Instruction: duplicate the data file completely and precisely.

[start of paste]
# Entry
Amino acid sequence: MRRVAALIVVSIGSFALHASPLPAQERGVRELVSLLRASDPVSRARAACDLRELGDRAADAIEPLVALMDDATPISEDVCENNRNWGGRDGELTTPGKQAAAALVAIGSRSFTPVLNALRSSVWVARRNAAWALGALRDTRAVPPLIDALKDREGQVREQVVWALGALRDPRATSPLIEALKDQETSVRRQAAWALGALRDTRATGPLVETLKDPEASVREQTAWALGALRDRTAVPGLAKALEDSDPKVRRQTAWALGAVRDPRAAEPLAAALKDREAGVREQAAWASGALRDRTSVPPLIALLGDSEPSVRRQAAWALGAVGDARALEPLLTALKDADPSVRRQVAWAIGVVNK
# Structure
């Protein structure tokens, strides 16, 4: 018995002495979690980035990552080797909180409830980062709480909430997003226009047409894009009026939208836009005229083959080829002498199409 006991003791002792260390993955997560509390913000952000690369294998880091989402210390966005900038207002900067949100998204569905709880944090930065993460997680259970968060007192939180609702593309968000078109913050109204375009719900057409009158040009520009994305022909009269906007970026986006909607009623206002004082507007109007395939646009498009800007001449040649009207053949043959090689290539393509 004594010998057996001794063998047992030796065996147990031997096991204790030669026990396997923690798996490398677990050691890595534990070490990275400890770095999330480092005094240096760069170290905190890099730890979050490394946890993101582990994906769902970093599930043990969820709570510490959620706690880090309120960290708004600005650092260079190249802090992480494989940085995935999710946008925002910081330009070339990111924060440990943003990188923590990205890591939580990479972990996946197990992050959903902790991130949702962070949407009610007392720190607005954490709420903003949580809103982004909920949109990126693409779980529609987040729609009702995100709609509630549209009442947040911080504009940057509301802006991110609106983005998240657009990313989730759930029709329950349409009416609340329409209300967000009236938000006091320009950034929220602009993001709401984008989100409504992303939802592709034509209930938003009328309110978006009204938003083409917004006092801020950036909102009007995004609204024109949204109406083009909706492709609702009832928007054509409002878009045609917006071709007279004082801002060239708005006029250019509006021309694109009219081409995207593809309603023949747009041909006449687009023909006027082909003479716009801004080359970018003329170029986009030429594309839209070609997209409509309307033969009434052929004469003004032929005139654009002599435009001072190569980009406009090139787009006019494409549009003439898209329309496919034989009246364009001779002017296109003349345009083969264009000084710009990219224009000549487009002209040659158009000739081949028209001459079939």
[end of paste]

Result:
# Entry
Amino acid sequence: MRRVAALIVVSIGSFALHASPLPAQERGVRELVSLLRASDPVSRARAACDLRELGDRAADAIEPLVALMDDATPISEDVCENNRNWGGRDGELTTPGKQAAAALVAIGSRSFTPVLNALRSSVWVARRNAAWALGALRDTRAVPPLIDALKDREGQVREQVVWALGALRDPRATSPLIEALKDQETSVRRQAAWALGALRDTRATGPLVETLKDPEASVREQTAWALGALRDRTAVPGLAKALEDSDPKVRRQTAWALGAVRDPRAAEPLAAALKDREAGVREQAAWASGALRDRTSVPPLIALLGDSEPSVRRQAAWALGAVGDARALEPLLTALKDADPSVRRQVAWAIGVVNK
# Structure
């Protein structure tokens, strides 16, 4: 018995002495979690980035990552080797909180409830980062709480909430997003226009047409894009009026939208836009005229083959080829002498199409 006991003791002792260390993955997560509390913000952000690369294998880091989402210390966005900038207002900067949100998204569905709880944090930065993460997680259970968060007192939180609702593309968000078109913050109204375009719900057409009158040009520009994305022909009269906007970026986006909607009623206002004082507007109007395939646009498009800007001449040649009207053949043959090689290539393509 004594010998057996001794063998047992030796065996147990031997096991204790030669026990396997923690798996490398677990050691890595534990070490990275400890770095999330480092005094240096760069170290905190890099730890979050490394946890993101582990994906769902970093599930043990969820709570510490959620706690880090309120960290708004600005650092260079190249802090992480494989940085995935999710946008925002910081330009070339990111924060440990943003990188923590990205890591939580990479972990996946197990992050959903902790991130949702962070949407009610007392720190607005954490709420903003949580809103982004909920949109990126693409779980529609987040729609009702995100709609509630549209009442947040911080504009940057509301802006991110609106983005998240657009990313989730759930029709329950349409009416609340329409209300967000009236938000006091320009950034929220602009993001709401984008989100409504992303939802592709034509209930938003009328309110978006009204938003083409917004006092801020950036909102009007995004609204024109949204109406083009909706492709609702009832928007054509409002878009045609917006071709007279004082801002060239708005006029250019509006021309694109009219081409995207593809309603023949747009041909006449687009023909006027082909003479716009801004080359970018003329170029986009030429594309839209070609997209409509309307033969009434052929004469003004032929005139654009002599435009001072190569980009406009090139787009006019494409549009003439898209329309496919034989009246364009001779002017296109003349345009083969264009000084710009990219224009000549487009002209040659158009000739081949028209001459079939």